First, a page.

2016 Spring Anna Panutsa Croatia External Programs

Bloody Balkans – or shedding light on Croatia’s history.

Coming to a foreign country, I always feel obligated to learn at least a bit about its history. Regardless of whether I’m staying for two days or two months, it is impossible to fully understand and appreciate the place and its people without knowing about their past.

With Croatia, though, I went all in because I was genuinely interested. As there is no separate class on the history of Balkan countries at Temple, I had to do a great deal of independent research on the matter. Wikipedia, tons of websites, library books, journal articles, novels – I read everything I could find, a year before going into my study abroad. Here, I will try to summarize the main points in 500 words, and answer questions, such as why people in this region are always fighting, and whether it is dangerous to travel around the former Yugoslav republics (“But there was war!,” so many people would say to me).

Originally, the lands of modern day Croatia were occupied by the Roman Empire, until “barbarians” from the north – Slavic people – came in the 7th century AD and settled down in the continental part, as well as along the coast. Other modern-day nations were formed by descendants of Slavic tribes who went into other directions, and today are known as Russians, Poles, Czechs, Slovaks, Ukrainians, Slovene, Bulgarians, Macedonians, and the ethnically closest to Croats – Serbians and Bosnians.


After Croats came and settled on this land, they were dependent on the Romans, and later became independent. This independence lasted for a couple centuries, until Croats formed a union with the Kingdom of Hungary, later Austro-Hungarian Empire, and so on and so forth. Their brother nations – Serbia and Bosnia – were taken over and ruled by the Turks. In the present time, it is easy to see how different but at the same time similar the nations are – different, because some were influenced by Austria-Hungary, and the others by the Ottoman Empire. Similar, because all are  brother Slavic nations, no matter how hard modern nationalists try to deny the fact.

This way, Croatia hasn’t been independent for almost its entire time of existence, except for a short period of time in the Second World War. Then, the Independent State of Croatia was formed, cooperating with and endorsed by the Nazi Germany. These were dark, terrifying times for the country as a whole, and for neighboring Serbia – Serbs were massively arrested and murdered, along with Jewish people and gypsies.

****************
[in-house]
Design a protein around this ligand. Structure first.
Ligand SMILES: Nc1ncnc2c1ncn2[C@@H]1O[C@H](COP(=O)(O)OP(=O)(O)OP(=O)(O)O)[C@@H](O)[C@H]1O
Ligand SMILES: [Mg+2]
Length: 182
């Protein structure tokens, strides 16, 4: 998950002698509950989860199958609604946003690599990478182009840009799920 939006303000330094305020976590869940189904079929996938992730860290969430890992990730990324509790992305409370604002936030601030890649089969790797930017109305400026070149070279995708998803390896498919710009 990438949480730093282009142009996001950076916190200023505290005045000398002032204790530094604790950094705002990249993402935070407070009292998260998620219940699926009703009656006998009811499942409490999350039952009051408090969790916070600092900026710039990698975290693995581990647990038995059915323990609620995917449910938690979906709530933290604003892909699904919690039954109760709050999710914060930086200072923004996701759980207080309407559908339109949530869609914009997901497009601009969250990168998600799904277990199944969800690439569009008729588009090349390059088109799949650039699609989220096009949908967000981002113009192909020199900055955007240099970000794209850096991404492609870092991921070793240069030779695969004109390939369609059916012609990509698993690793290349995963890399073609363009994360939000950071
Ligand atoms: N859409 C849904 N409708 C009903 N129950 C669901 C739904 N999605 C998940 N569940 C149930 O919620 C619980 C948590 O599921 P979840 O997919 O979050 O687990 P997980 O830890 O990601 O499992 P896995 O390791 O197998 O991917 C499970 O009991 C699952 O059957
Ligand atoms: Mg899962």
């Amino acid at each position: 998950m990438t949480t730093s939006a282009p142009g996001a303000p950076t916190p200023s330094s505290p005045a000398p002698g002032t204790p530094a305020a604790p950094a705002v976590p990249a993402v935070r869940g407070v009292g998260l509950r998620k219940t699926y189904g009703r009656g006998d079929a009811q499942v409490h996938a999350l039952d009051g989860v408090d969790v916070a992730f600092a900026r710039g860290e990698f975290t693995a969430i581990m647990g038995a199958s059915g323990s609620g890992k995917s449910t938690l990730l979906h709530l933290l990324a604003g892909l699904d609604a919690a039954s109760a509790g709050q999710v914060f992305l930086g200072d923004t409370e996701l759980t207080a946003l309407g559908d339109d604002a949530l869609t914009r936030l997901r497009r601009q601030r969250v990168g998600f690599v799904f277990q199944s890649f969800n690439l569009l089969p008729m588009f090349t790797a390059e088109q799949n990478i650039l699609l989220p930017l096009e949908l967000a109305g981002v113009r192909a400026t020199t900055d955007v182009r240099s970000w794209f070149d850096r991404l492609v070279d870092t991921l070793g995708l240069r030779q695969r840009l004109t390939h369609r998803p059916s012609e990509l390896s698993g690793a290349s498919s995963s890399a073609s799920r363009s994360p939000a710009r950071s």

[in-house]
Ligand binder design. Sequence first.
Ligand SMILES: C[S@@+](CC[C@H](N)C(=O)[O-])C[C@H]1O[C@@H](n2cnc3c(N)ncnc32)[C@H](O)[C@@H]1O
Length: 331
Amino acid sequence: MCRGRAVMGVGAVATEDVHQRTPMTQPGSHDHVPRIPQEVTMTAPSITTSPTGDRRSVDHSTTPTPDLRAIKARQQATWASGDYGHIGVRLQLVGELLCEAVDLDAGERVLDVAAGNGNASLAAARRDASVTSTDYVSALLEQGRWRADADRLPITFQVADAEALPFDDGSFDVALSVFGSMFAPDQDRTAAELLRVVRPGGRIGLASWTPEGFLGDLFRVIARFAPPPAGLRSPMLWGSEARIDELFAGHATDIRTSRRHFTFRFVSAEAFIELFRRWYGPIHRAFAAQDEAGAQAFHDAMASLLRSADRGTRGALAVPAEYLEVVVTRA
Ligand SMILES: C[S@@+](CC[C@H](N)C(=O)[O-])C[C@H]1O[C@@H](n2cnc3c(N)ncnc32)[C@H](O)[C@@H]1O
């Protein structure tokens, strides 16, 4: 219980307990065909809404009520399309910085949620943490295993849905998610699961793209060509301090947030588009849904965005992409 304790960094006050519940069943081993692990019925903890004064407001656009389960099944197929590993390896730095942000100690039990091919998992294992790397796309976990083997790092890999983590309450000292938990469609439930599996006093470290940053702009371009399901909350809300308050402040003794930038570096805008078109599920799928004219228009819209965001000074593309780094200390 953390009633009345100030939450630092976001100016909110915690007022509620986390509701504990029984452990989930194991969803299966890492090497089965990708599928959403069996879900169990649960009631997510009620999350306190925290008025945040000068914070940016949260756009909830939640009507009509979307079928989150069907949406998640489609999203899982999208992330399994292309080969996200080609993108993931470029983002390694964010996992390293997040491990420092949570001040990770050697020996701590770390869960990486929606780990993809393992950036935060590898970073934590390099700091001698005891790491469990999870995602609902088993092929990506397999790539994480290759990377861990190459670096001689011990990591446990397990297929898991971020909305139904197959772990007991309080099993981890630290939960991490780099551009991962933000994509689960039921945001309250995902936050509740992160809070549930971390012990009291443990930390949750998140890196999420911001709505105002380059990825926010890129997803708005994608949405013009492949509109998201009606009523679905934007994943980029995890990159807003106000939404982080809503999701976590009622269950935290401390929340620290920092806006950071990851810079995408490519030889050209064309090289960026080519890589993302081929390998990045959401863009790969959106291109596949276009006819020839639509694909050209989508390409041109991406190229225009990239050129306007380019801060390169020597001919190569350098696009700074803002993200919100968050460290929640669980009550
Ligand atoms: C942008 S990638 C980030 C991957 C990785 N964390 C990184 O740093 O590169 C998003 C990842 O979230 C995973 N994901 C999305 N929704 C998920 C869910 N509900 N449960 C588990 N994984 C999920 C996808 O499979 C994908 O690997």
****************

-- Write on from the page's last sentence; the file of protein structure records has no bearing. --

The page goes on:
Many of you might have heard about Yugoslavia and its tragic destiny. Not a lot of people know, however, that there has been two Yugoslavias – one before the WW2 (Kingdom of Yugoslavia), and the second one after (the socialist state). The Federal Socialist Republic of Yugoslavia was formed right after the war – 1945, and was compared of 6 republics: Slovenia, Croatia, Bosnia and Herzegovina, Serbia, Montenegro and Macedonia. With Josip Broz Tito, the country’s leader, republics were cooperating and aiding each other with production, agriculture, education, etc. Yugoslavia has only been in close relationship with its big communist brother, the Soviet Union, for several years after the war. Joseph Stalin was a bit too radical, and their ideologies and views were colliding with Tito’s. Therefore, Yugoslavia took a winning position between the West and the East, both geographically and politically. This was especially beneficial, for both the country’s leaders and the citizens, who were allowed to freely travel and move in and out of the country.

Countries that were a part of Yugoslavia on the map, with capital cities marked as well.
A house in the

Tito was the only common ground, the only ‘national hero’, who united the republics. After his death in 1980, things started to go downhill, until the 1990s – when republics, one after another, declared independence from at that moment the ruling one – Serbia. This declaration of independence resulted in a horrifying conflict, known as the second bloodiest European war in the 20th century, after WW2. Brother went after brother, neighbors in formerly good relationships would not talk to each other, because one was a Serb and another a Slovene. The pain and losses the countries had to suffer in this incident can still be felt, even in Zagreb – I pass by buildings with marks from bullets on them. Bosnia suffered most of all though, as a country in between the two main rivals – Serbia and Croatia.

A house  in the center city part, Sarajevo, Bosnia.

It has been 20 years since the war ended. Not too long ago, not too little either. Croatia has joined NATO and the EU, together with Slovenia. It is due to enter Schengen zone this year. Other republics have not joined the European Union, each due to different reasons. Traveling wise though, one is perfectly safe doing a Balkan journey, at any time of the year. The dangerous times are long gone – and I wouldn’t say I have ever felt unsafe anywhere around here. Not a tiny millimeter less safe than in, say, Poland nowadays.

Because the Balkan countries have so much common history – I am not even talking about origins – I think it is absolutely necessary to study all, in order to understand one. That is why my main goal while here is not only to explore Croatia, but to visit all 6 former Yugoslav republics.

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